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Report could have 'influenced' garda, says Hutch defence


The Regency gunman who was dressed as a woman

The Regency gunman who was dressed as a woman

The Regency gunman who was dressed as a woman

One of the gardai involved in the identification of Regency Hotel gun murder accused Patrick Hutch Jnr from a photograph taken at the scene could have been "influenced" by a media report about the trial, the defence has claimed.

Garda Michael Ryan, who showed two detectives the photograph of a man in a wig for identification, said he could "safely say that he did" read the Independent.ie article, which detailed their evidence, before he gave his own testimony.

However, he said he had no "specific memory" of it and that while the defence said he was "centre stage" in the identification, he said he himself believed he had a minor role and was a "button pusher".

Judge Tony Hunt said he was allowing Gda Ryan's evidence to be heard during ongoing legal argument at the non-jury Special Criminal Court over the admissibility of the garda identification evidence.


Mr Hutch (25), from Champions Avenue, in the north inner city, is pleading not guilty to murdering David Byrne (33), from Crumlin, and possession of three assault rifles.


Patrick Hutch Jnr

Patrick Hutch Jnr

Patrick Hutch Jnr

Mr Byrne was shot dead by a "tactical team" of gunmen dressed as gardai, who stormed the hotel along with a man wearing a wig and another in a flat cap.

Prosecutors claim Mr Hutch was identified as the man dressed as a woman.

They do not allege the accused shot Mr Byrne but that he participated in the February 5, 2016, gangland raid and shared intent to commit the crimes.

The court has heard detectives Fergal O'Flaherty and Jonathan Brady identified Mr Hutch in the photo when Gda Ryan showed it to them at Ballymun Garda Station on February 7, 2016.

Det Sgt Patrick O'Toole had taken the two detectives for the viewing.

All gardai have insisted Mr Hutch was named separately by the two detectives, while the defence contends that they named him in each other's presence.

The court has heard individual viewing of a photograph for identification is considered important as a "safeguard" so one viewer cannot influence another.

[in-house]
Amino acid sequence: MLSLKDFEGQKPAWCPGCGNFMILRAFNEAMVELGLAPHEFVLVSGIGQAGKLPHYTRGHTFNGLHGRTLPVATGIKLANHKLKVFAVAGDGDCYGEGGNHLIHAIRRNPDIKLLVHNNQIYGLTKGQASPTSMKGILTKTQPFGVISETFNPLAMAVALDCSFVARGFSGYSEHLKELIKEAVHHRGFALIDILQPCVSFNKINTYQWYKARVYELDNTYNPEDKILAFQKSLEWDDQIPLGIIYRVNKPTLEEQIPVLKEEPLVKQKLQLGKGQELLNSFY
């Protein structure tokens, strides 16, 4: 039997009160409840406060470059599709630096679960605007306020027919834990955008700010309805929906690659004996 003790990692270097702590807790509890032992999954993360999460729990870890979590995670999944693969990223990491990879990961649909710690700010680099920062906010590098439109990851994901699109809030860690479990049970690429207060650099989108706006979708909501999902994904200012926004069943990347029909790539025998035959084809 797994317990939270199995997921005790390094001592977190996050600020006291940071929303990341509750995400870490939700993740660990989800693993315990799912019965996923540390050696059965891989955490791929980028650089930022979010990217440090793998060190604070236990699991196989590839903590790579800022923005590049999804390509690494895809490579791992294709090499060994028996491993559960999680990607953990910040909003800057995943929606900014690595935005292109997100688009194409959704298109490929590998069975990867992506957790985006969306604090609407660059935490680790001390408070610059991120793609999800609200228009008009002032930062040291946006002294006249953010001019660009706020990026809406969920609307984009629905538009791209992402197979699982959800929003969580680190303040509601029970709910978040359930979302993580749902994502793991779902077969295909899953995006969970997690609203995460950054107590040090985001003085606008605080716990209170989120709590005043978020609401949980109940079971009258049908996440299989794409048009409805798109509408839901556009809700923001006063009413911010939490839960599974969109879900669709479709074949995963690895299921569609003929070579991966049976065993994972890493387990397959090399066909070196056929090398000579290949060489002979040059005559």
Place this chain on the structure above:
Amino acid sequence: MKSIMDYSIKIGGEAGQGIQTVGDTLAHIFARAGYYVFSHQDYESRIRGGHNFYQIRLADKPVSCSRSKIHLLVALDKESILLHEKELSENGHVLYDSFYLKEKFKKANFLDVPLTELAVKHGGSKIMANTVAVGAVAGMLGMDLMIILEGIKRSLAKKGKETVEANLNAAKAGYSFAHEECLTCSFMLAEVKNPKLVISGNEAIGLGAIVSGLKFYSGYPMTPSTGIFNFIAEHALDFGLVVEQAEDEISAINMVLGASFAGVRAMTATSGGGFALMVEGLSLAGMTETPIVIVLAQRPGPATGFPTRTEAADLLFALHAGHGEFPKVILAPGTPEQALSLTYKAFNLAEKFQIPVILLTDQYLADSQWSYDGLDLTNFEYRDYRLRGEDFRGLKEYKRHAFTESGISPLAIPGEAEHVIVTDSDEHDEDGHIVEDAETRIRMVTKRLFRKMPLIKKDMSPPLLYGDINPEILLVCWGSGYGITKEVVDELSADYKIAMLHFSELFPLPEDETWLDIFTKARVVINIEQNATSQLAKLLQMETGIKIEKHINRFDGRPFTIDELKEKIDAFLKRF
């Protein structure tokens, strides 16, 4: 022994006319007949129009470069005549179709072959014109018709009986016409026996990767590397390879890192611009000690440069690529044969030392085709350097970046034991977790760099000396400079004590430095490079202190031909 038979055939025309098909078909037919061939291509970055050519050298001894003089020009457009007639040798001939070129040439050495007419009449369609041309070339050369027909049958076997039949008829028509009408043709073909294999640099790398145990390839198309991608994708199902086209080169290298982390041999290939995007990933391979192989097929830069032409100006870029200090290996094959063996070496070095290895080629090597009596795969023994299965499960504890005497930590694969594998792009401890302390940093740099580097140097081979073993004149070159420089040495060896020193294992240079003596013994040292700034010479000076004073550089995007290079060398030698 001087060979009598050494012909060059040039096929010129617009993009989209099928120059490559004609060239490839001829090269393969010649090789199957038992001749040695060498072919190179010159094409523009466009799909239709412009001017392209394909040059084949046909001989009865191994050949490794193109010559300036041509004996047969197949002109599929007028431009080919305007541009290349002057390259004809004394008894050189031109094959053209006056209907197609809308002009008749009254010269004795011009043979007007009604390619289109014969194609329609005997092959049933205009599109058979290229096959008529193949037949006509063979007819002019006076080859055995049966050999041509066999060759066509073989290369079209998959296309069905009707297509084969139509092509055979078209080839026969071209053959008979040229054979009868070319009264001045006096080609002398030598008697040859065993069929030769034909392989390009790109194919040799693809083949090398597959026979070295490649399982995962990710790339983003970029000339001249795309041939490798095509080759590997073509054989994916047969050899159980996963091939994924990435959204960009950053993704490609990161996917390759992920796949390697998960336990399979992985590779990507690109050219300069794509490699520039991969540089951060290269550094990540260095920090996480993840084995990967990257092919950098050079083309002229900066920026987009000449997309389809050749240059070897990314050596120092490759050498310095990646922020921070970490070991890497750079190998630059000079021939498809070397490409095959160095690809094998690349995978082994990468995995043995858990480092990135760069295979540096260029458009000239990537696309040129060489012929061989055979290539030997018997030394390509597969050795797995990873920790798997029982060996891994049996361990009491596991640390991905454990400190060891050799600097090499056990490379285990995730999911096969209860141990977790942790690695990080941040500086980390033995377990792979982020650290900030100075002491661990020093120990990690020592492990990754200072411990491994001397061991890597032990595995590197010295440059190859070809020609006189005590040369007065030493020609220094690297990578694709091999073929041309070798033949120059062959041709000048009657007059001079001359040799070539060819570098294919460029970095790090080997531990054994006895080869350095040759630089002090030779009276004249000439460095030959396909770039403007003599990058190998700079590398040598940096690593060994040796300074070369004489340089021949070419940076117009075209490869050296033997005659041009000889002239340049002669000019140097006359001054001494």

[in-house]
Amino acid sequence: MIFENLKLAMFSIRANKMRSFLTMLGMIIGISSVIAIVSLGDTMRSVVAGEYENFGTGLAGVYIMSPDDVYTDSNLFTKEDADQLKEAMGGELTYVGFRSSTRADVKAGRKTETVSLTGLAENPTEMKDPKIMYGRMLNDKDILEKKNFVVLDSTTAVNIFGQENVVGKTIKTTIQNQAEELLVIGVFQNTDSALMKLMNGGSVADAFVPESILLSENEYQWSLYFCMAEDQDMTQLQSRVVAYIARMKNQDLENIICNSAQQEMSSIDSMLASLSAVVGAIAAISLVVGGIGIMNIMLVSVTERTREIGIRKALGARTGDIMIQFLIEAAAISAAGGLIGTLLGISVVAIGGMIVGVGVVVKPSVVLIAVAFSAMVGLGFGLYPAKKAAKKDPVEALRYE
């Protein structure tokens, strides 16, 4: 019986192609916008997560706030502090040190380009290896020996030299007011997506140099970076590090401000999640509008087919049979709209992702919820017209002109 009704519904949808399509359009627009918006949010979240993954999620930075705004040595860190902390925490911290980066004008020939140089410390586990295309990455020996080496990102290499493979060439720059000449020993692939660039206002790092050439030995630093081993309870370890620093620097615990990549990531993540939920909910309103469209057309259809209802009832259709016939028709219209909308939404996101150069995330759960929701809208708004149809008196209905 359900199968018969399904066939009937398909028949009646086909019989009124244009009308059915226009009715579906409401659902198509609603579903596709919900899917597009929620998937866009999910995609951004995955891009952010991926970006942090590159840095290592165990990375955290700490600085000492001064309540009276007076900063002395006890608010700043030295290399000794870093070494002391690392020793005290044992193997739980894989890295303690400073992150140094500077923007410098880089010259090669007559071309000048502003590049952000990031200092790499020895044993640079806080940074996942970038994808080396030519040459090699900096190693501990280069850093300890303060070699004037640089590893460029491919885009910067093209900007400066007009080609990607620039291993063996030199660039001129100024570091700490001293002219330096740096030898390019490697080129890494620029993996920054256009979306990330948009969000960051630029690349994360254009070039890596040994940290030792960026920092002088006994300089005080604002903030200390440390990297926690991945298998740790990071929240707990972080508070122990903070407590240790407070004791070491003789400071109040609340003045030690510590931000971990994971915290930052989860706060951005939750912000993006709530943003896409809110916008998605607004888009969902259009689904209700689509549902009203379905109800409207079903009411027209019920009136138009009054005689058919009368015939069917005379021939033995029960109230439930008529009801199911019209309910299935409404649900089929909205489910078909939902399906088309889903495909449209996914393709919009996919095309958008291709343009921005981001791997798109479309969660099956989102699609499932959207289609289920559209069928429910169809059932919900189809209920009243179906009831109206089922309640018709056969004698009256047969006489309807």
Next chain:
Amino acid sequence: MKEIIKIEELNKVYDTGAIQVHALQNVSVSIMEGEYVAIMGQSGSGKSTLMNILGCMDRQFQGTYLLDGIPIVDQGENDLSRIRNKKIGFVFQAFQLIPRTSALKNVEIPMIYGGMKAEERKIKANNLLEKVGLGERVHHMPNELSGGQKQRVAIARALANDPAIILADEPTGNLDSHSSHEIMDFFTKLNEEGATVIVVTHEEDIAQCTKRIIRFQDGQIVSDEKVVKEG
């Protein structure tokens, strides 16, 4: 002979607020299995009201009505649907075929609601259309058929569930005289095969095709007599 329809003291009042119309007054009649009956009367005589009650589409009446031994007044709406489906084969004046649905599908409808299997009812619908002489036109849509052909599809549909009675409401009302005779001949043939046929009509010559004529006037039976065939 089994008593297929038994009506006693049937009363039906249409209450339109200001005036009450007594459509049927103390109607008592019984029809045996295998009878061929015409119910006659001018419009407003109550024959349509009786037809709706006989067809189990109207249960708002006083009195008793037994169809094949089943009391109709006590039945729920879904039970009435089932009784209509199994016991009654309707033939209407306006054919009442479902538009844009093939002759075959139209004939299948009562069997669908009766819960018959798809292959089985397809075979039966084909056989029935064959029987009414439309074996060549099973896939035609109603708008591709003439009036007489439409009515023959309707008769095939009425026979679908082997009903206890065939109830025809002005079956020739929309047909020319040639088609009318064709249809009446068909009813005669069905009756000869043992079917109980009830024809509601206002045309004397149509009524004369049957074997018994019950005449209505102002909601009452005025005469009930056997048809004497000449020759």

Michael O'Higgins SC, defending, argued Gda Ryan's evidence could be compromised if he had read an Independent.ie report of the legal argument. He said he was not criticising the media but thought it was an "unusual procedure" to report legal argument.

He then read from the report of the detectives' evidence and said it was "the answer, the magic bullet" that the prosecution was relying on.

"My concern is if the witness has seen this and now comes to court with an explanation, knowing exactly what the issues are, it's unfair," he said.

Sean Gillane SC, prosecuting, said he had no knowledge until the night before that the legal argument was being reported on. He said there had been no tactical decision to call Gda Ryan when he did.

Mr O'Higgins said he understood Gda Ryan was always going to be called as a witness but he was not on notice of the material he was going to "unleash" in evidence.

He said it was still an unfair advantage, whether by happenstance or tactic.

Judge Hunt said the court was entitled to hear Gda Ryan's evidence.

Gda Ryan said that at around 6.30pm on February 7, 2016, Det Sgt O'Toole came into his office with Det Gda Brady and Det Gda O'Flaherty.

Det Sgt O'Toole introduced him to the two detectives and informed him that they were there to view the image.

Det Sgt O'Toole invited Det Gda O'Flaherty to come around his desk to view the screen, he said.

Det Sgt O'Toole and Det Gda O'Flaherty walked around the desk where they could see the monitor. At this point, Gda Ryan said, he opened the image. Det Sgt O'Toole invited Det Gda O'Flaherty to view it.

"Immediately on viewing the image, Det Gda O'Flaherty stated that he recognised the person on the left," Gda Ryan said.

"He didn't indicate who that person was, nor did he indicate who the person on the right was."


Det Sgt O'Toole invited Det Gda O'Flaherty outside the door. Det Sgt O'Toole remained behind the desk and asked Det Gda Brady to come around the desk to view the image, he said.

Det Sgt O'Toole asked Gda Ryan to show the image to Det Gda Brady and walked out of the room after Det Gda O'Flaherty.

Again, Gda Ryan showed the image first in its entirety, zoomed out.

"Det Gda Brady immediately informed me that he recognised the person on the left as being Patrick Hutch Jnr of Champions Avenue," Gda Ryan said.

"He stated he did not recognise the person on the right."

Gda Ryan said he again zoomed in and again Det Gda Brady stated "that he recognised that person to be Patrick Hutch Jnr".

In cross-examination, he told Mr O'Higgins that when Det Gda Brady made his identification, there was nobody else in the room.

Gda Ryan said he had a minor role, had acted as a "conduit" and was a "button pusher".

Mr O'Higgins later put to him that what actually happened was the account given by Det Gda Brady to the High Court in a bail application by Mr Hutch in December 2016.

In the account, Mr O'Higgins told the court, Det Gda Brady said, "I know who it is", and "announced who it was" in the presence of Det Gda O'Flaherty, who announced the same identification.

"It was part of a single fluid action and it was in each other's presence," Mr O'Higgins said.

Gda Ryan denied this was the case.

"It happened as I have outlined in my evidence and in my statement," he said.

The trial continues on Monday.